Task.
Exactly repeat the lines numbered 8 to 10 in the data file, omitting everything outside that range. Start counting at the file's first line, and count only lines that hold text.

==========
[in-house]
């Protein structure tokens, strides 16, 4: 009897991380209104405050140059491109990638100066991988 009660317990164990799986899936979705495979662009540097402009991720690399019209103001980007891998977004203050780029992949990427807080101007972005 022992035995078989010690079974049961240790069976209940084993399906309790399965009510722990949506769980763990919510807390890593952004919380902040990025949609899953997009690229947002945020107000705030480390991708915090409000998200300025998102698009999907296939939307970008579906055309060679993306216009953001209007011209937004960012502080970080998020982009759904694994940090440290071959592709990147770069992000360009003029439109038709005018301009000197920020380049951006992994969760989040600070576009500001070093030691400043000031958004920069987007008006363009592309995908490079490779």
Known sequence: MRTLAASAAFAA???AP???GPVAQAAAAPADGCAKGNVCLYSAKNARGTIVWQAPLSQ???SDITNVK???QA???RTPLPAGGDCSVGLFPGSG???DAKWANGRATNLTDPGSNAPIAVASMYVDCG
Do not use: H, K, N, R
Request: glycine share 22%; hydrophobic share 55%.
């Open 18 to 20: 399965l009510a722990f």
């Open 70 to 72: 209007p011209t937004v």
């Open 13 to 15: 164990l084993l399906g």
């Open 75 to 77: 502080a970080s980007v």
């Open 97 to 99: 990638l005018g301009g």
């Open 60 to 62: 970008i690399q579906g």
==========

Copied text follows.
């Open 13 to 15: 164990l084993l399906g």
């Open 75 to 77: 502080a970080s980007v």
């Open 97 to 99: 990638l005018g301009g």